Tag: Brad Flansbaum

Why I Left My Pharma-Sponsored Academic Research Gig

flying cadeuciiNot long back, I departed a pharma-sponsored research project. I based my decision to leave in something I occasioned over a decade ago. I thought it was time to share the episode and the lessons learned given the attention being paid to physician conflict of interest nowadays (as well as the annual Open Payments review and dispute period approaching).

When I finished training, very few docs practiced hospital medicine—or even knew what the term hospitalist meant. Several forward-thinking medical centers hitched their wagons to the hospitalist model, as did some astute information technology and staffing companies.

However, few healthcare players embraced the hospitalist movement in a serious fashion like the pharmaceutical industry. They realized hospitalists prescribed a narrow band of products, in big lots, within a centralized location. The higher ups in the pharma sector saw the benefits in directing reps our way.

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The System Firsthand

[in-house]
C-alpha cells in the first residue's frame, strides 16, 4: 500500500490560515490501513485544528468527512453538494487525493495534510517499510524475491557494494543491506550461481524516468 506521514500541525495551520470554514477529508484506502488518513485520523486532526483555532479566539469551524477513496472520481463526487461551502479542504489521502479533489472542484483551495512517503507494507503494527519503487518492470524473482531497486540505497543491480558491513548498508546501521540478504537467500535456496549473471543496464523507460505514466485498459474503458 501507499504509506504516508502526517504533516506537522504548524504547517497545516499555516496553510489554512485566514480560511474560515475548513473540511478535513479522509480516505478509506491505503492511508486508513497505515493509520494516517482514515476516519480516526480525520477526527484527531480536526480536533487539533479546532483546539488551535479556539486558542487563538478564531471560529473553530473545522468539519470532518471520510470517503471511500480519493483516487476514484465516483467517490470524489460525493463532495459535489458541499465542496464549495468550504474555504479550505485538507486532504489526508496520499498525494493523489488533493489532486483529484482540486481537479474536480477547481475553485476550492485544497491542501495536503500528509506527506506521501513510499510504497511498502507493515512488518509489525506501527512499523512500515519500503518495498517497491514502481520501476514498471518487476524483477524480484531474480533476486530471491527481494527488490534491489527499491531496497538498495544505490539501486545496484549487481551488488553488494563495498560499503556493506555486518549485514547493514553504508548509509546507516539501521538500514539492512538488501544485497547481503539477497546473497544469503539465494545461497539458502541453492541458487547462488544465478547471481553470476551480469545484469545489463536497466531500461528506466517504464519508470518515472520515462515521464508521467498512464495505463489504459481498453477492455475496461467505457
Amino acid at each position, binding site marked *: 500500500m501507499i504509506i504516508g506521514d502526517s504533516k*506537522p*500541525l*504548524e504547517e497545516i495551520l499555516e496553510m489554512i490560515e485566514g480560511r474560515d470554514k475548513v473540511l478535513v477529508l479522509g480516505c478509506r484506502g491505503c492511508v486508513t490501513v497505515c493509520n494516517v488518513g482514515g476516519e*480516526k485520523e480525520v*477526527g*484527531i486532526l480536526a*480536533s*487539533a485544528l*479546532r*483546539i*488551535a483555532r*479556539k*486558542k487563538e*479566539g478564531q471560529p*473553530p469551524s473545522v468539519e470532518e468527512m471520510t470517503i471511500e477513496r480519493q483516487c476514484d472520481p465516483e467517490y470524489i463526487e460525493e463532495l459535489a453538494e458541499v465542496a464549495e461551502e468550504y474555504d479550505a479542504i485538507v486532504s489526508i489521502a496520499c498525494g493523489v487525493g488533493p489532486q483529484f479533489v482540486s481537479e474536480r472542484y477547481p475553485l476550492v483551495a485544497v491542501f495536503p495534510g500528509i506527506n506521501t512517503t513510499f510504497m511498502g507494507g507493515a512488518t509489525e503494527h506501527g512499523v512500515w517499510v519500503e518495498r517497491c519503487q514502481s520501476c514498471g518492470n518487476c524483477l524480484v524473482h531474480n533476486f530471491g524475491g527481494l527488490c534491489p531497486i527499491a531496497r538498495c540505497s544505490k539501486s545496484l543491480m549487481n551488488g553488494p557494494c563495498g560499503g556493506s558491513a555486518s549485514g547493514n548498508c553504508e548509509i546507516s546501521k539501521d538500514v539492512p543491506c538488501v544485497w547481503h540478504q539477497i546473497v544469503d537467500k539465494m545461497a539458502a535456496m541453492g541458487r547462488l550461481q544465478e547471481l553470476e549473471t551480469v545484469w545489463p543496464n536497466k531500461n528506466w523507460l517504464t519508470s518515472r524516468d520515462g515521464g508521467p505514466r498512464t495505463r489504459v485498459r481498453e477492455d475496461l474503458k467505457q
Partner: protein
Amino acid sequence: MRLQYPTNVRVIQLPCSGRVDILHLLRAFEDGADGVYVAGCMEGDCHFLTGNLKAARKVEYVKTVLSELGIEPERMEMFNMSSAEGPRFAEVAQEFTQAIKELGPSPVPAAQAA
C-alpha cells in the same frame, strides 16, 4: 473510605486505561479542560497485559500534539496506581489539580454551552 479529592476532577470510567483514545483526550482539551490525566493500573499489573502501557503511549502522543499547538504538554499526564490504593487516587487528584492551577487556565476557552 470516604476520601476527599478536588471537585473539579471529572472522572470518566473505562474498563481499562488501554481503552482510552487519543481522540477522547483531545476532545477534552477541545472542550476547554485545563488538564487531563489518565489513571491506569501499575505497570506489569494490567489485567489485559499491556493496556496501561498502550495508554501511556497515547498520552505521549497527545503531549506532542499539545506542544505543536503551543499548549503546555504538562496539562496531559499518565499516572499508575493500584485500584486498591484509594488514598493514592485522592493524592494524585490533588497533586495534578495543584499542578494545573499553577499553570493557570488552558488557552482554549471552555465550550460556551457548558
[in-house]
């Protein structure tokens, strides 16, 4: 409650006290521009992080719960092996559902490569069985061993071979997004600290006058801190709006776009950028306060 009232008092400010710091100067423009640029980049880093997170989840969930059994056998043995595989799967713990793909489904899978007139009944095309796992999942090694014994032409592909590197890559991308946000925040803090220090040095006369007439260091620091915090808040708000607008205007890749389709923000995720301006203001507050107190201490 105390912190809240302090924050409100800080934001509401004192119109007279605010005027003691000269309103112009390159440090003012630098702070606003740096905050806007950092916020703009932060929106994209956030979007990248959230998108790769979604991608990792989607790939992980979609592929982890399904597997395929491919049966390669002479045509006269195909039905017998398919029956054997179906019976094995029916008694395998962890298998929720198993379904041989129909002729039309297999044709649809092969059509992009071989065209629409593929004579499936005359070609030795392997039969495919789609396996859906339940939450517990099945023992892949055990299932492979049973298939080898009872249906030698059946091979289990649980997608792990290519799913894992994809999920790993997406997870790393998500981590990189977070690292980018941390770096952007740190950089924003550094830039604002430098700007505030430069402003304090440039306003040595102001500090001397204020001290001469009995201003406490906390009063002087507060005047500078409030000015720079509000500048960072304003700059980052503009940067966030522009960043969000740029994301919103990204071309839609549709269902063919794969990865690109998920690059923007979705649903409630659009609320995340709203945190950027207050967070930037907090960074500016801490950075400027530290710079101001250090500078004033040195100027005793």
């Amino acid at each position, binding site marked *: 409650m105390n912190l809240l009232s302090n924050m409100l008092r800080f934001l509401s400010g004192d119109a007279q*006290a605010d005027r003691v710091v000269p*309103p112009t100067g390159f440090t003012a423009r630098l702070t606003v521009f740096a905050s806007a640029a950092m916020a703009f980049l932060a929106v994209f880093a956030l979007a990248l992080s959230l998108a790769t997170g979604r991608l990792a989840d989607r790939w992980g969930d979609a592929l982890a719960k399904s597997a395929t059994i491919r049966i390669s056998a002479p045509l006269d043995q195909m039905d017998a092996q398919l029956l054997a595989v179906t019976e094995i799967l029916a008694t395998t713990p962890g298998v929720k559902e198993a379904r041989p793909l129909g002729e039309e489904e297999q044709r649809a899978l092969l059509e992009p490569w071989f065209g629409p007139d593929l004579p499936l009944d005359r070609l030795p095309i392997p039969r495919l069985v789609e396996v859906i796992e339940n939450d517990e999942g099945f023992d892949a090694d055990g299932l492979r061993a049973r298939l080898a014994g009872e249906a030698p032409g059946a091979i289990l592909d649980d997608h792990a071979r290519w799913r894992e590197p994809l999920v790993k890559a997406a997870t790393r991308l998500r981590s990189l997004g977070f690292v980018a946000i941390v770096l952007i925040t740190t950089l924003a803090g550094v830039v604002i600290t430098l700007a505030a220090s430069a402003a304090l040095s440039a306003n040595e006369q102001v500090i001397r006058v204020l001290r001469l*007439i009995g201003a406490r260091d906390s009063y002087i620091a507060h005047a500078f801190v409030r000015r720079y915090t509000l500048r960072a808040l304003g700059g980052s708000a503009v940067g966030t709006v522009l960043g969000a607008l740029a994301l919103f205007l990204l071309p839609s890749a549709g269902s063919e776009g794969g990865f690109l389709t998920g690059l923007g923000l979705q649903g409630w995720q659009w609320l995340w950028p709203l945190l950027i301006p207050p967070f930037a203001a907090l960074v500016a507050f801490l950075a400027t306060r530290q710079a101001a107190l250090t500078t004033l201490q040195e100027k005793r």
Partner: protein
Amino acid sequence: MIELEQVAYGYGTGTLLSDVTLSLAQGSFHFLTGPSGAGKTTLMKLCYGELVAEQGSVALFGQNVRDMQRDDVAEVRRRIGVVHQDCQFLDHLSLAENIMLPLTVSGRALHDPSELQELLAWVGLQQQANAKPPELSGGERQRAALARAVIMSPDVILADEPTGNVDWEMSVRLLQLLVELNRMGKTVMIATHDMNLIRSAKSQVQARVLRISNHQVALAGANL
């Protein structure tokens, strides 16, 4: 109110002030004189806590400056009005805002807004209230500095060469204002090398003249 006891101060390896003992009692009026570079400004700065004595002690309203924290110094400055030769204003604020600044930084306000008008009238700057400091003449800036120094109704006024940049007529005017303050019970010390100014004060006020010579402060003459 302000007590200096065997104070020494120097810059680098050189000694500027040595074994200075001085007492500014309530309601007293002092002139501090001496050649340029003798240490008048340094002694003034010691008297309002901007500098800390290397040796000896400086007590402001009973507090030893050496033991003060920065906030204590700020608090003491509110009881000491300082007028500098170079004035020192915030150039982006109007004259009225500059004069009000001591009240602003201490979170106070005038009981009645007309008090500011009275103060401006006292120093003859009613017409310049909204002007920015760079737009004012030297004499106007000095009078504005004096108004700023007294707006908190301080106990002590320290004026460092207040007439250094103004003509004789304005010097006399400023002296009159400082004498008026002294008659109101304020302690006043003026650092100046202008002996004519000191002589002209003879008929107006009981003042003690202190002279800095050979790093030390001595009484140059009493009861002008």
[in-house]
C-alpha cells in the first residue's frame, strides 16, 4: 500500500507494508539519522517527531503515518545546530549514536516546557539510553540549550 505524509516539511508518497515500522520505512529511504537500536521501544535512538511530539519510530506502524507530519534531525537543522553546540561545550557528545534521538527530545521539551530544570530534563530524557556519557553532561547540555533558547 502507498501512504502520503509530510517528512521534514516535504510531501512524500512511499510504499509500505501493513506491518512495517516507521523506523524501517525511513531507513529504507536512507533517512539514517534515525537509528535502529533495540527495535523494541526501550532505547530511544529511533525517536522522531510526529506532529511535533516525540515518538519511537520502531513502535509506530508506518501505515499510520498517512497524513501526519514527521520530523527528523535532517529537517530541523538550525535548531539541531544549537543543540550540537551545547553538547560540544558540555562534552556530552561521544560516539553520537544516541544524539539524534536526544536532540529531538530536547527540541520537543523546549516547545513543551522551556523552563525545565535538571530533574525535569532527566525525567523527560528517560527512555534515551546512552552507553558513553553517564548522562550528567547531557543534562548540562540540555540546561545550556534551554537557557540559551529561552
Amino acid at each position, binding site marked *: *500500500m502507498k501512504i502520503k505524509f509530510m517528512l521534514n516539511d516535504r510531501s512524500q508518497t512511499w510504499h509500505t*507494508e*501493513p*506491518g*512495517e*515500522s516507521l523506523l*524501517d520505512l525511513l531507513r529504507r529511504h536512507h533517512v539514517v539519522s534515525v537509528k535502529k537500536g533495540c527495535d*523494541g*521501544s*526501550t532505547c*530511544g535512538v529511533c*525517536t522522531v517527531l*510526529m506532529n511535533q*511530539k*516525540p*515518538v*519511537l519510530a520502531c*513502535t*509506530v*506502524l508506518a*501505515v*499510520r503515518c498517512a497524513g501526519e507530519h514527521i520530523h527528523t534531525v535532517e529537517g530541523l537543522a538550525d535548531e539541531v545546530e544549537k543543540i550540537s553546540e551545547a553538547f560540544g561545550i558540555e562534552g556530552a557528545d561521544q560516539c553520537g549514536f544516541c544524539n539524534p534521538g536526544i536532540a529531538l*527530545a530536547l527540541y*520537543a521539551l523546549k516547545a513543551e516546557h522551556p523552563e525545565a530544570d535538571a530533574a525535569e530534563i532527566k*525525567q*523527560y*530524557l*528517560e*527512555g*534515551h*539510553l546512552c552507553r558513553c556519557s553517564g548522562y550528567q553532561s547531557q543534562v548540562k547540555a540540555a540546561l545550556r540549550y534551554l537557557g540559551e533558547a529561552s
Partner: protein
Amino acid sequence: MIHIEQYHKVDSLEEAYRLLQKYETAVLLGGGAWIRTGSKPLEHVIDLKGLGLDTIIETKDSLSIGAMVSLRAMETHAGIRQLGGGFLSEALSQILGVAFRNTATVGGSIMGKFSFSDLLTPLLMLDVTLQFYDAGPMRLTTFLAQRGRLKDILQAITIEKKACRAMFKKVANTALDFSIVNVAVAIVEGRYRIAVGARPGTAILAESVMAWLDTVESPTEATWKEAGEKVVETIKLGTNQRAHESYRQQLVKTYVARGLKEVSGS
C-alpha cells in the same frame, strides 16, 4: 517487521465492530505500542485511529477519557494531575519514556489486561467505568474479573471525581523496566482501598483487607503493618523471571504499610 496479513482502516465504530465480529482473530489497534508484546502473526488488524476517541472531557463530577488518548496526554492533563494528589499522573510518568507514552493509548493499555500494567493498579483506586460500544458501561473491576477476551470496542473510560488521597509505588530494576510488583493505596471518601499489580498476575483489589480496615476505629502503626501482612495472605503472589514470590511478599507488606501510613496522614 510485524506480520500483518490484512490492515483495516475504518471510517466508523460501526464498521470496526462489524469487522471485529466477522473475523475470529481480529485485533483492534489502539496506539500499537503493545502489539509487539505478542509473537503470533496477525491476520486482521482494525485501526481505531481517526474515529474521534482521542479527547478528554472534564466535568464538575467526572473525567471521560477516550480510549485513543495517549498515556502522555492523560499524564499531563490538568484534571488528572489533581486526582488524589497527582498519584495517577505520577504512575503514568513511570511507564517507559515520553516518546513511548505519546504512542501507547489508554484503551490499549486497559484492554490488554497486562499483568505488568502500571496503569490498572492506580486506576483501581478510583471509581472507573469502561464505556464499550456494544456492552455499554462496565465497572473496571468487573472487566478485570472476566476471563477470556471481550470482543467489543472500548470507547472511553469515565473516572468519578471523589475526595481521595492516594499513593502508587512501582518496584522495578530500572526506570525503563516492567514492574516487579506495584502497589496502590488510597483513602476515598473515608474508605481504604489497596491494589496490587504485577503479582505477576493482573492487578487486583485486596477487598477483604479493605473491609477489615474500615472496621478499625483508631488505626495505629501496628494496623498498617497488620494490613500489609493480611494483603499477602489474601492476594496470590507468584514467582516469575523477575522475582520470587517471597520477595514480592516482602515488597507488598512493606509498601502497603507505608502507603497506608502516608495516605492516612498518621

Grandma and me

Grandma is 93.  The matriarch of my family is in worsening health, and her decline is difficult to observe.  We all experience the travails of the US health care system at some point, and in my family’s case, ours is no exception.  The stress on my mom and aunt is considerable, and my grandmother is increasingly alarmed at her frailty and poor memory.

Through July of 2010, she was independent.  She walked daily, traveled, drove (that is another story), and enjoyed her brainteaser and crossword puzzles.  By all accounts, she was happy, albeit with the usual pangs of age.  She took no medication.

Last summer that changed when she fell and underwent a 3-day hospital stay.  Her memory was not the same and her gait was unsteady thereafter.  It was a minor stroke.

After discharge, her functional status worsened, and the vicious cycle we all witness as docs—setback beget setback—reared its head.

My mom sold the house, and grandma moved into an assisted living facility, a lovely place, but it was not home.  Her refrains, “the food and company are lousy, and I am depressed and lonely,” along with an assortment of other issues —all upsetting, given the vitality of this woman until recently—presented and intensified.  Relocation trauma is a known condition, but one you would differentiate only if you witnessed it firsthand.  I am now familiar with a (new) geriatric term.Continue reading…